Wednesday, September 14, 2011

Childlike Audience

Every year there are reports published about how much television our children watch, and how much is productive. And every year there is a reaction throughout the internet community about how terrible the parents are who use TV to babysit their children.

So the question, is, should children be allowed to watch television? And by television, I am talking about primetime, and specifically the dramas that populate the networks, premium channels and cable. Competition shows (American Idol, Dancing with the Stars), Quiz Shows and sports are generally acceptable, since their content is rarely if ever risque or morally questionable.

So how do you know if you should let your child watch a show? Better yet, how do you know if you shouldn't watch a show?

This question comes with the notion that certain elements of a show are unacceptable for younger viewers, or even unappreciated.

1. Maturity level of the viewer. This is a big reason not to allow children to watch a show, and it's often overlooked. The themes and language of a show (this is not foul language, but just dialogue and certain elements of sentences) are usually written for an older, mature audience. Similarly, themes are often possess a nature that is not suitable for younger viewers. All of these serve to enhance the viewing experience of the audience, but they are often too much for children. Consequently, they can be bored or find certain shows dull and unentertaining.

This then puts them off the show forever, and they will never go back to watch the show again when they are older and might find the content more interesting and intriguing. By allowing a child to watch a show too early, there is the possibility that they may be turned off it forever, and may miss out on a very good show. First impressions are the most important when meeting a new person; so, too, in television viewing. The pilot needs to suck in the viewer and make them want more. But the viewer must be of the maturity level where the content is not only appropriate, but also makes sense.

2. Language - Back when I was in college, I worked at the local Park District during the summers, doing various maintenance jobs. My boss would always tell me that he would swear far less when I was working there, simply because I didn't swear too often. The problem was, that I would swear far more from working there, simply because I was surrounded by it on a daily basis; that's just the way the employees talked.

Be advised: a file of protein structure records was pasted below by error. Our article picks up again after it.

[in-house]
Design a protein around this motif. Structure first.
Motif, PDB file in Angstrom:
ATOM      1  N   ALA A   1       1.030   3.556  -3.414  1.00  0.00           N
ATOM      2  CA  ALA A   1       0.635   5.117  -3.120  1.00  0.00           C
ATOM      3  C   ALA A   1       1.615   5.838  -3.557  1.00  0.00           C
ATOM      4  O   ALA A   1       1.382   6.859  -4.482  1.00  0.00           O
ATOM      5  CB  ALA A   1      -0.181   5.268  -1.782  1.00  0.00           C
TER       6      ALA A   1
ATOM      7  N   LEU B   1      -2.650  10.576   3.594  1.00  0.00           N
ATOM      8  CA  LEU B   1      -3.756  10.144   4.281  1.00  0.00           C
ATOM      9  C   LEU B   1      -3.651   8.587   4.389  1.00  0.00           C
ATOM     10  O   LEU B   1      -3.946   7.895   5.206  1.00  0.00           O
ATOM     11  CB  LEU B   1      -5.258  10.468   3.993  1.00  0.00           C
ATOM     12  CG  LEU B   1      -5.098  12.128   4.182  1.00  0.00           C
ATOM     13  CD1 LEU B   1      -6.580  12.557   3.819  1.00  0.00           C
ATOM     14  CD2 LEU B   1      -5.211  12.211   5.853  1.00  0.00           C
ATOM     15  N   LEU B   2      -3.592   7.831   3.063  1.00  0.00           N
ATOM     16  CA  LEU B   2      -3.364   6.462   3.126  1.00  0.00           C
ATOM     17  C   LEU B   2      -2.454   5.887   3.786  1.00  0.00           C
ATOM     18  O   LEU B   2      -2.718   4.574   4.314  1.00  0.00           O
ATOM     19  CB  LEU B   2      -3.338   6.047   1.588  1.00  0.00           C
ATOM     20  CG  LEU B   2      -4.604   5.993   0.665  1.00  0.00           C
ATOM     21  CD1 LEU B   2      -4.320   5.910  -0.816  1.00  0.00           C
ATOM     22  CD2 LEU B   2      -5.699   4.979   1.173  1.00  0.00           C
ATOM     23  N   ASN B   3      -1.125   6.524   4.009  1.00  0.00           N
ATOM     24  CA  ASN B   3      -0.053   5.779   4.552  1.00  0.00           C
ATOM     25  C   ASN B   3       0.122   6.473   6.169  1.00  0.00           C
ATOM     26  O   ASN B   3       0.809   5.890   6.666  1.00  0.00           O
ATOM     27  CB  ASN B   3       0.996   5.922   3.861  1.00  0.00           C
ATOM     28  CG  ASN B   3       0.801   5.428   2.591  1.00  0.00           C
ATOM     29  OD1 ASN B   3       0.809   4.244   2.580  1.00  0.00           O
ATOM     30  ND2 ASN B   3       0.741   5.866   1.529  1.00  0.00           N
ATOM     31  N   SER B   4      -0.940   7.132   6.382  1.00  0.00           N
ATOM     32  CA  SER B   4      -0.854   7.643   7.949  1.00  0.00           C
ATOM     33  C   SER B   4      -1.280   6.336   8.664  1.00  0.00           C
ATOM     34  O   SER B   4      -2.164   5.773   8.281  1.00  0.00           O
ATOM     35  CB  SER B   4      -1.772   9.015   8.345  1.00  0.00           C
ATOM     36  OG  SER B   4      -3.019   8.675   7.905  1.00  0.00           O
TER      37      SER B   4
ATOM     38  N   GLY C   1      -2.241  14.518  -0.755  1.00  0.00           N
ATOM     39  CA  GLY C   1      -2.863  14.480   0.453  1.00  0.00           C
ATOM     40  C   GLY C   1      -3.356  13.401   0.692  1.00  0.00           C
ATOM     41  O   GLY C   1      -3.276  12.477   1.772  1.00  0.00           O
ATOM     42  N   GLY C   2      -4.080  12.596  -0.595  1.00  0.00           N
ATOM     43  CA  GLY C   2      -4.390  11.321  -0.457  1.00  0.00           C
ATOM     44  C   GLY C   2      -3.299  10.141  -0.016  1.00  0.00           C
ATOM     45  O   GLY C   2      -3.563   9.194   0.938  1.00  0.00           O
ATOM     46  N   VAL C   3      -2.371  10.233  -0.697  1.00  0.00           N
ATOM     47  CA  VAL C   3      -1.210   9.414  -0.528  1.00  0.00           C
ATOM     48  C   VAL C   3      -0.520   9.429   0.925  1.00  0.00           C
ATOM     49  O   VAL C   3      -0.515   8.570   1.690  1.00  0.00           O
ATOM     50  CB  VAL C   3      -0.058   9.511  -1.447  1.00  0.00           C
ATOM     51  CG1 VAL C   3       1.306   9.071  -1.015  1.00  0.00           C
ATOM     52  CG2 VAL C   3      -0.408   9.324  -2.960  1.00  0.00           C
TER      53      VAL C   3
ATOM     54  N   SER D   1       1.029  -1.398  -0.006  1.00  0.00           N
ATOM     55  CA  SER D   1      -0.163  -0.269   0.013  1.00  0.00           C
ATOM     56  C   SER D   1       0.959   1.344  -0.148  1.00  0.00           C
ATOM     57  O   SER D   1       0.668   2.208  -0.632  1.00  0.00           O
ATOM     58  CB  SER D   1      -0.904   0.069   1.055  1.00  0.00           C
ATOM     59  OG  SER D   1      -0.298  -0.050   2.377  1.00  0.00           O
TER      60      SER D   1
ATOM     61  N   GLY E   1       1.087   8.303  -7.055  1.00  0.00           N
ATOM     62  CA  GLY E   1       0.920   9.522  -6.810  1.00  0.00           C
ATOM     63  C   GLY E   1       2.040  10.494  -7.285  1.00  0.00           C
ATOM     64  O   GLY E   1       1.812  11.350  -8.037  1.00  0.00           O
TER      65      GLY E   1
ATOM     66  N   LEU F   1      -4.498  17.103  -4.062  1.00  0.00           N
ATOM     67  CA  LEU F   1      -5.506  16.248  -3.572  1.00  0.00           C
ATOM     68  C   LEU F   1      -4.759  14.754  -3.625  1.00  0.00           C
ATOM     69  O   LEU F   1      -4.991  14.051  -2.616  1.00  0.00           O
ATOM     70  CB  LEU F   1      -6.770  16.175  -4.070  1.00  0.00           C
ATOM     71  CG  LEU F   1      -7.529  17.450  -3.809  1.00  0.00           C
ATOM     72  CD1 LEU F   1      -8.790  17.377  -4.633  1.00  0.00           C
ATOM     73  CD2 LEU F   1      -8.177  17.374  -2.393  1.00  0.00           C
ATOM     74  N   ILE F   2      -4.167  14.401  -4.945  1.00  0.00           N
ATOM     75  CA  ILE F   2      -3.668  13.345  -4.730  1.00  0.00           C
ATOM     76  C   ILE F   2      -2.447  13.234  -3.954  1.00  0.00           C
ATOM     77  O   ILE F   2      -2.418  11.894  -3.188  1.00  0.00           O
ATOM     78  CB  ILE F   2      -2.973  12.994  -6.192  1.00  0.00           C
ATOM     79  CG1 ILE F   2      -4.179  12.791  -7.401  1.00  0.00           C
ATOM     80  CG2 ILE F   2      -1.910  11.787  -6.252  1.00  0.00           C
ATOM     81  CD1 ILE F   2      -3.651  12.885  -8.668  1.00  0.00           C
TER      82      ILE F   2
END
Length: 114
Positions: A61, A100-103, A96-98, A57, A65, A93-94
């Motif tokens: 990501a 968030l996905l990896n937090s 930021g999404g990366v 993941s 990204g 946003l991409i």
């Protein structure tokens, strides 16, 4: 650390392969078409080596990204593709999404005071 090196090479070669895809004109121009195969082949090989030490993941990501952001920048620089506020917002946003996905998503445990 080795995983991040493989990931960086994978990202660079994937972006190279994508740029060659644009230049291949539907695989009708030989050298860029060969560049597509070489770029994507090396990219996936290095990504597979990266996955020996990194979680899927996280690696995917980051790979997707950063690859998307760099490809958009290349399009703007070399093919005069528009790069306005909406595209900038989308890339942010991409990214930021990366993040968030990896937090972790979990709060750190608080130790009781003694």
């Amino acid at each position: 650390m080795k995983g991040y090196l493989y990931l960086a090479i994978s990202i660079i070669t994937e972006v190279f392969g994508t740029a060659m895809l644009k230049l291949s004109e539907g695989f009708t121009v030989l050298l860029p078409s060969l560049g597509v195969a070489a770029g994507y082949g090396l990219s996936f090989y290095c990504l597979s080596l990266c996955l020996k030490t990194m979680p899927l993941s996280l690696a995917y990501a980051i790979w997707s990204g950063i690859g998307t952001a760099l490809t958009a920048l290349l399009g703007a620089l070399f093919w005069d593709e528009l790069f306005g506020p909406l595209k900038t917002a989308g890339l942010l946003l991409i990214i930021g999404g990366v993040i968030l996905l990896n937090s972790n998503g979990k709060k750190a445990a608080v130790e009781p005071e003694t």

The point is that language is very imitable. If people hear cursing and swearing, they are more likely to repeat cursing and swearing. And the last thing a parent wants is their 10 year old talking like Al Swearengen. Even though it would be fun to try and decipher his cryptic messages, the instances of swear words would be too many to count. And your child needs someone to play with. But if he talks like that, no parent will allow their child within 10 yards of him.

3. Violence - This is one of the most prominent features of television, ranging from network shows to cable, coming in varying degrees. It can take the form of explosions, gun shots, mass quantities of blood and especially physical abuse. While generally not as imitable as language, given the lack of access to grenades and submachine guns, this can still have a very desensitizing effect on younger viewers.

This can especially be the case when they begin to believe that problems can and should be caused by violence or fisticuffs. Unless they understand that the violence and the action on TV is not real, then they are likely to duplicate the actions they see on television.

4. Sex - We live in a world that glorifies sex, advocates sex before marriage and loves to depict anyone and everyone having sex. In fact, if you're on television and you're not having sex, then there is something wrong with you. The online message boards erupt in joy when a long flirting couple engages in this seminal act of love.

The question is, when did sex become the be-all and end-all of relationships? What happened to authentic love? The problem is not television, as people would suggest, because TV is representing to the world what it already believes. It did not invent pre-marital or extra-marital sex, but it does promote it. Children need to understand love before they can engage in sex, shows, even great ones, rarely depict actual love. It is very good at depicting lust though.

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Television becomes a great medium when people with properly formed consciences are the viewers, and this usually does not exist in younger viewers. People need to be able to distinguish between good and evil, between sin and morality. If you are able to separate the immoral acts from the moral, and if you are able to explain why certain actions are wrong and why you won't repeat them, then the television can and will open a wide range of new worlds.

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